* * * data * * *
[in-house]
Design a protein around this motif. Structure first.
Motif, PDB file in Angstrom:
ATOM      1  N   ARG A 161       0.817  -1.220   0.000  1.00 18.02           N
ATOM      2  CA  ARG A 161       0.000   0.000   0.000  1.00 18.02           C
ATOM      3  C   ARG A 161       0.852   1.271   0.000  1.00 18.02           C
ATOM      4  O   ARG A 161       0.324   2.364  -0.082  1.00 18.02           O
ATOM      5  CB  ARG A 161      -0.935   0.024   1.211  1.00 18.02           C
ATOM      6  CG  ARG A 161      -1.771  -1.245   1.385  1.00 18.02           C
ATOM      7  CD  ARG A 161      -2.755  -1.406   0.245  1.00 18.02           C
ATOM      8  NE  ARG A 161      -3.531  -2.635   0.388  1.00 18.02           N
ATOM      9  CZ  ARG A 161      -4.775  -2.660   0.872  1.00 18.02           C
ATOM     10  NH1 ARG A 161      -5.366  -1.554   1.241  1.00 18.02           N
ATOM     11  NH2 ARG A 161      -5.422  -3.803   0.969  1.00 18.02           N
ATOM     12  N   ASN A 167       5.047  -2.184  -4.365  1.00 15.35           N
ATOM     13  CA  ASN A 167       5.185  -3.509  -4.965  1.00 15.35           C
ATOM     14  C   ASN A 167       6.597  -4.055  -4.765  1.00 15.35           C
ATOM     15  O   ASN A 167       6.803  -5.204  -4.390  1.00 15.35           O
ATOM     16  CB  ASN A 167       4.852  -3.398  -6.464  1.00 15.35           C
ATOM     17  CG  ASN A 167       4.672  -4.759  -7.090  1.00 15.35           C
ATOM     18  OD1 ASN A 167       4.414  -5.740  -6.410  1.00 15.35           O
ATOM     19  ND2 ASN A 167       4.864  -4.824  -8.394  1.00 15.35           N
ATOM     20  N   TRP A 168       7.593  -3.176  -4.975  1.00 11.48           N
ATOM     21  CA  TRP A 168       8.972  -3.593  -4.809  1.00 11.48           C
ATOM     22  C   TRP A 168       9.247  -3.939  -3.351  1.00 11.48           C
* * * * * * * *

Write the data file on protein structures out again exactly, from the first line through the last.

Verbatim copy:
[in-house]
Design a protein around this motif. Structure first.
Motif, PDB file in Angstrom:
ATOM      1  N   ARG A 161       0.817  -1.220   0.000  1.00 18.02           N
ATOM      2  CA  ARG A 161       0.000   0.000   0.000  1.00 18.02           C
ATOM      3  C   ARG A 161       0.852   1.271   0.000  1.00 18.02           C
ATOM      4  O   ARG A 161       0.324   2.364  -0.082  1.00 18.02           O
ATOM      5  CB  ARG A 161      -0.935   0.024   1.211  1.00 18.02           C
ATOM      6  CG  ARG A 161      -1.771  -1.245   1.385  1.00 18.02           C
ATOM      7  CD  ARG A 161      -2.755  -1.406   0.245  1.00 18.02           C
ATOM      8  NE  ARG A 161      -3.531  -2.635   0.388  1.00 18.02           N
ATOM      9  CZ  ARG A 161      -4.775  -2.660   0.872  1.00 18.02           C
ATOM     10  NH1 ARG A 161      -5.366  -1.554   1.241  1.00 18.02           N
ATOM     11  NH2 ARG A 161      -5.422  -3.803   0.969  1.00 18.02           N
ATOM     12  N   ASN A 167       5.047  -2.184  -4.365  1.00 15.35           N
ATOM     13  CA  ASN A 167       5.185  -3.509  -4.965  1.00 15.35           C
ATOM     14  C   ASN A 167       6.597  -4.055  -4.765  1.00 15.35           C
ATOM     15  O   ASN A 167       6.803  -5.204  -4.390  1.00 15.35           O
ATOM     16  CB  ASN A 167       4.852  -3.398  -6.464  1.00 15.35           C
ATOM     17  CG  ASN A 167       4.672  -4.759  -7.090  1.00 15.35           C
ATOM     18  OD1 ASN A 167       4.414  -5.740  -6.410  1.00 15.35           O
ATOM     19  ND2 ASN A 167       4.864  -4.824  -8.394  1.00 15.35           N
ATOM     20  N   TRP A 168       7.593  -3.176  -4.975  1.00 11.48           N
ATOM     21  CA  TRP A 168       8.972  -3.593  -4.809  1.00 11.48           C
ATOM     22  C   TRP A 168       9.247  -3.939  -3.351  1.00 11.48           C